Financial Transparency for 2018

Sep 04, 2020

What type of funding system does the Stiftung Neue Verantwortung have?

In order to ensure the independence of our content, as well as to provide our work with a stabile institutional framework, we decided on a mixed financial model funded by as many different donors as possible. In 2018 94 percent of our total budget was comprised of subsidies from non-profit foundations and public institutions, whereas 6 percent of our budget was funded by corporate donations. As a rule, no single corporate donor is allowed to contribute more than 5 percent of the total budget of our organization. Because the SNV primarily obtains funding for specific projects, the majority of which are limited to a time period of 1 to 3 years, our funding structure is continuously changing.   


Who finances us with what types of contributions, and how do we use that money?

In the fiscal year 2018, 1.33 million Euros was made available for our work. As of the end of 2018, 19 non-profit, public and private sector donors supported our work. The five largest sponsors in 2018 were Luminate, the Open Society Foundation, the William and Flora Hewlett Foundation, the Robert Bosch Stiftung and the Bertelsmann Stiftung. Stiftung Mercator is supporting our work in the areas of Artificial Intelligence and Foreign Policy together with the German Foreign Ministry. The following tables list all of SNV's donors and the amount of their financing, as well as their respective share of our total budget. 

Financial Resources from Foundations, Public Institutions and Non-profit Organizations (2018)
Institution Application of Resources Amount in 2018                Percent of Total Budget (2018)
Federal Foreign Office

AI & Foreign Policy 
IT-Security in IoT 

56,634 € 

4 %
Bertelsmann Foundation The Common Good and Digitisation

95,399 € 

7 %
BMW Foundation Herbert Quandt


2,000 €

<1 %
Datev Stiftung Zukunft institutional

60,000 €

5 %

Expertenkommission Forschung und Innovation (EFI) 

Digital Energy Transition

21,970 € 

2 %
Evonik Foundation



4 %
The European Union represented by European Commission International Cybersecurity Policy

66,872 € 

5 %
Haleakala Foundation Digital Energy Transition

30,000 €

2 %
Heinrich-Böll Stiftung e.V.

Digital Basic Rights, Surveillance and Transparency 

31,723 € 

2 %
Part of the Omidyar Group

Data Economy,
Strengthening the Digital Public Sphere

337,719 € 

25 %
Open Society Foundation Digital Rights, Surveillance and Democracy

107,750 € 

8 %
Robert Bosch Foundation GmbH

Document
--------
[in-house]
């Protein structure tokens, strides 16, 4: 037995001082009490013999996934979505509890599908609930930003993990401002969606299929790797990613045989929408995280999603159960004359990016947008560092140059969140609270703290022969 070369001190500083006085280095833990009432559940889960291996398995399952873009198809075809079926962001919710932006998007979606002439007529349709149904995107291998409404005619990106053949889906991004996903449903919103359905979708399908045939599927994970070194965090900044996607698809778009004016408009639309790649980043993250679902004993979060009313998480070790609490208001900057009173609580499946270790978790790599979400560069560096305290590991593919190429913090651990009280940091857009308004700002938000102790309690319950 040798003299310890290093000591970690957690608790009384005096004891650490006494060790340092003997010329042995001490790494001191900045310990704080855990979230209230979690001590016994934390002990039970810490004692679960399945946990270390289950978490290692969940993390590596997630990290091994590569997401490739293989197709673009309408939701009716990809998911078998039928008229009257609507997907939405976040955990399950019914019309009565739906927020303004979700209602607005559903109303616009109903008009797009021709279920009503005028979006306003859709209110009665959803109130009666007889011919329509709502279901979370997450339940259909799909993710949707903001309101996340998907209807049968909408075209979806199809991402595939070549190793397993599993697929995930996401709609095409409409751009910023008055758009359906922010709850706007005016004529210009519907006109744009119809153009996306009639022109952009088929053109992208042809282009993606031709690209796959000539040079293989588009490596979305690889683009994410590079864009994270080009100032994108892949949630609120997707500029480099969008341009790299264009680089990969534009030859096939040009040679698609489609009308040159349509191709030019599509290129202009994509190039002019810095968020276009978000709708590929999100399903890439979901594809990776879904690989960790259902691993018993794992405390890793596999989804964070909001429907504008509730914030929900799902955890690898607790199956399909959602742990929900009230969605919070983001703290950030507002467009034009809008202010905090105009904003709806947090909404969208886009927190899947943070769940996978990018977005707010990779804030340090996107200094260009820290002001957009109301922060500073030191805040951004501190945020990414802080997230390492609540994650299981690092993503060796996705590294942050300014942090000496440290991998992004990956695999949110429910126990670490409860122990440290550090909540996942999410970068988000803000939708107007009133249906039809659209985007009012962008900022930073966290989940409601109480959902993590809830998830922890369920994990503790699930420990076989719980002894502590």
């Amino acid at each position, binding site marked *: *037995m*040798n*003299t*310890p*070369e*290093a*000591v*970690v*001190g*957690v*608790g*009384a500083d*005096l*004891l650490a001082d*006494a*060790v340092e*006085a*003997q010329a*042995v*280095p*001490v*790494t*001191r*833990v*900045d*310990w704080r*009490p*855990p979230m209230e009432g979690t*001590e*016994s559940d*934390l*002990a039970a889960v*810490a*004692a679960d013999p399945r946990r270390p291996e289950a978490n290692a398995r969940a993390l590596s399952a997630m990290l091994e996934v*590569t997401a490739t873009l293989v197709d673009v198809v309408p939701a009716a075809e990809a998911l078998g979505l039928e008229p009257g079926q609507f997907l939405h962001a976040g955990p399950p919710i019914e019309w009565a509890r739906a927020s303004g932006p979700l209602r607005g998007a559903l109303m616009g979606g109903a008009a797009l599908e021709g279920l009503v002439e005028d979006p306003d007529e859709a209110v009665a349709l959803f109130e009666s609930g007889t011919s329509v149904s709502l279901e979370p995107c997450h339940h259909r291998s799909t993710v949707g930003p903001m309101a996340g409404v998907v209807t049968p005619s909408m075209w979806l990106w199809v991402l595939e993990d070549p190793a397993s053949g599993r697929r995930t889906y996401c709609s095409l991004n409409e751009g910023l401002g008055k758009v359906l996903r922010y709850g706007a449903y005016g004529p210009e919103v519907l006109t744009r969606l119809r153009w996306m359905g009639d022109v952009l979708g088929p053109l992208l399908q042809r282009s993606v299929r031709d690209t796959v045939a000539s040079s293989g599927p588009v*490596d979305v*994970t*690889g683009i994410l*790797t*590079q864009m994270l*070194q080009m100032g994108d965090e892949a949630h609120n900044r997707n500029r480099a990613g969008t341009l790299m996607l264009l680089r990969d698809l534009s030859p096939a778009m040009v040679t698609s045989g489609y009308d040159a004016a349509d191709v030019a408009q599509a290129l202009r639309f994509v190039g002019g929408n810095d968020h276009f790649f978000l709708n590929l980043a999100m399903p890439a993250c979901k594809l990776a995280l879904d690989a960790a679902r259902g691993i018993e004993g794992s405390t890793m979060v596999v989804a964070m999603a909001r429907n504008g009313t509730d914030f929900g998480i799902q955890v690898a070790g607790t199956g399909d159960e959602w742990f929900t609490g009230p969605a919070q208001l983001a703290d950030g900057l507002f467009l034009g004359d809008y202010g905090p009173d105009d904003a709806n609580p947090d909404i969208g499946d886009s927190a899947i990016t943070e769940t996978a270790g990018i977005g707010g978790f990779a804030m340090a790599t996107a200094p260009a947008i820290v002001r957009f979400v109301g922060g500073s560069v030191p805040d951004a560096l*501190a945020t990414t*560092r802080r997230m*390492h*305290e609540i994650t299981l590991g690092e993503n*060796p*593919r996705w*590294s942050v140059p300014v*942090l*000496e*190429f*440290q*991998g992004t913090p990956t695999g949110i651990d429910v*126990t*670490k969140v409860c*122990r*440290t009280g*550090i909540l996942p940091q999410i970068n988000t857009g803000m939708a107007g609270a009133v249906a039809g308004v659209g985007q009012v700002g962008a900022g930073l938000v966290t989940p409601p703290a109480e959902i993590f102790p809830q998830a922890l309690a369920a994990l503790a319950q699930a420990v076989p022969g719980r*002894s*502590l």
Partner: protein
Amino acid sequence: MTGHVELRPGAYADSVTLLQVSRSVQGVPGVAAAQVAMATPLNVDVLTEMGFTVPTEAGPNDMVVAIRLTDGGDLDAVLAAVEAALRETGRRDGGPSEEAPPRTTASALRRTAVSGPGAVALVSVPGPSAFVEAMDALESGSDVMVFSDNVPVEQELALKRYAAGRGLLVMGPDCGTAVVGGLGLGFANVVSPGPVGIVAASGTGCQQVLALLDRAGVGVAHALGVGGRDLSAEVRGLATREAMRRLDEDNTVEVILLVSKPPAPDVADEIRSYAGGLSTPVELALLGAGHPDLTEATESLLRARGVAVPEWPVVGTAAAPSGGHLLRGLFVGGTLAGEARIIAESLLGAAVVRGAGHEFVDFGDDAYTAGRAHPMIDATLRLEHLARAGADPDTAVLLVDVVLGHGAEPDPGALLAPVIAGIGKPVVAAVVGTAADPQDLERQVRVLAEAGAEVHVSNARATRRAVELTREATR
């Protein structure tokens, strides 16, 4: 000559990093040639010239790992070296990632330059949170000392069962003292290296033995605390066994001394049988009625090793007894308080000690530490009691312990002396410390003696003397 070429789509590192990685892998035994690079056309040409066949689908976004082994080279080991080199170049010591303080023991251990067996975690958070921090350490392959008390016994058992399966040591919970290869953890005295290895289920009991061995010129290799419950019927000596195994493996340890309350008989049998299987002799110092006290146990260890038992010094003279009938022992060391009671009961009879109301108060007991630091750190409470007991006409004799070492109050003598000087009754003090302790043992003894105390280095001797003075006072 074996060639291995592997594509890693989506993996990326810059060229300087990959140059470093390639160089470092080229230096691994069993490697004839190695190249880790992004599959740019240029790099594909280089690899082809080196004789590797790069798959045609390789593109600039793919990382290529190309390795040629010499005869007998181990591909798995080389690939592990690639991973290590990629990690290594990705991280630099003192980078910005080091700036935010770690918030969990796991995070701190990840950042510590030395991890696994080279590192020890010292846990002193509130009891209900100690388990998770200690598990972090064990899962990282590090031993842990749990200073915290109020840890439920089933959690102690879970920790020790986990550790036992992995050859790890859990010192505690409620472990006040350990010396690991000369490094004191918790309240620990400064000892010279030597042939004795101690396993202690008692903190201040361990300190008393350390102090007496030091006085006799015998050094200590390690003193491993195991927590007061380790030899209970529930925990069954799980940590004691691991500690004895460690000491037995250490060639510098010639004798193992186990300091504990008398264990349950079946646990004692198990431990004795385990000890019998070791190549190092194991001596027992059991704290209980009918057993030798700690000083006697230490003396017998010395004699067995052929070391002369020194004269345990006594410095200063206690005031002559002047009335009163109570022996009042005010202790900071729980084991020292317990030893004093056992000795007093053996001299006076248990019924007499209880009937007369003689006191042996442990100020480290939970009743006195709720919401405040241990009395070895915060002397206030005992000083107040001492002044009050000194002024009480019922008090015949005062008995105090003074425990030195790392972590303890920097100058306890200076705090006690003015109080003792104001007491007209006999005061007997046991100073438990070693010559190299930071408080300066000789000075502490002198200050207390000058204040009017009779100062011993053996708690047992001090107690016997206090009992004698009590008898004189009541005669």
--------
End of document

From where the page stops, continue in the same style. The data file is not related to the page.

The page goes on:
International Cybersecurity Policy

Digitisation and the Common Good 

138,705 € 

10 %
 Mercator Foundation GmbH Strengthening the Digital Public Sphere
Artificial Intelligence & Foreign Policy

82,596 € 

6 %
William & Flora Hewlett Foundation Strengthening the Digital Public Sphere
International Cybersecurity Policy

142,561 € 

11 %
Total donations from foundations and public institutions

1,245,509 € 

85 % des Gesamtbudgets in 2018


Corporate Donations
Institution Application of Resources Amount in 2018 Percent of Total Budget (2018)
Beisheim Holding institutional 0.00 €* 0 %
Hewlett-Packard Deutschland GmbH institutional 20,000 € 2 %
LANXESS AG institutional 50,000 € 4 %

PricewaterhouseCoopers GmbH 

institutional 10,000 € <1 %

Total corporate donations

249,750 € 15 % of total budget in 2019

 * Granted use of premises by Immago AG

All amounts are based on our certified end-of-year financial report for 2018 and are updated annually. For further questions regarding our financing structure, please contact Silke Zakarneh

In 2019, we were able to gain amon others the Reiner Lemoine Stiftung, Bündnis Bürgerenergie, the Federal Agency for Civic Education, the Federal Government Commissioner for Culture and Media, the Media Authority of North Rhine-Westphalia, the Media Authority of Berlin-Brandenburg and the Deutsche Forschungsgemeinschaft (DFG) as additional sponsors for the following funding period, thus expanding our range of supporters.   


Content Independence & Fundraising

Our organization strictly practices content independence. Independence means that our donors are not allowed to determine which topics we choose, how our experts work, which proposals they make in their papers, or the positions they take in public debates. Financial support does not facilitate content or any other form of influence. 

Independence from political or business interests is one of the most important fundaments of our daily work. In order to develop ideas, our staff continuously relies on the support of an array of leading experts from the fields of research, politics, civil society and economics. We only receive this support by remaining a location where no one point of view dominates, but rather where a problem is addressed from various perspectives without outside demands. 

We finance our work by appealing to foundations, public or non-profit organizations for the resources needed to investigate a specific topic. We encounter new topics and questions through our daily work on existing projects, or through exchanges with other experts from the fields of science, business, civil society and administration. The development of concrete proposals for how a societal problem can be solved always goes hand in hand with our funded projects. 

Aside from foundations and ministries, we are always looking for support from the private sector. To preserve our independence, we ask corporations for donations that finance our organization as a whole. Funding a specific topic or project is not possible for corporations.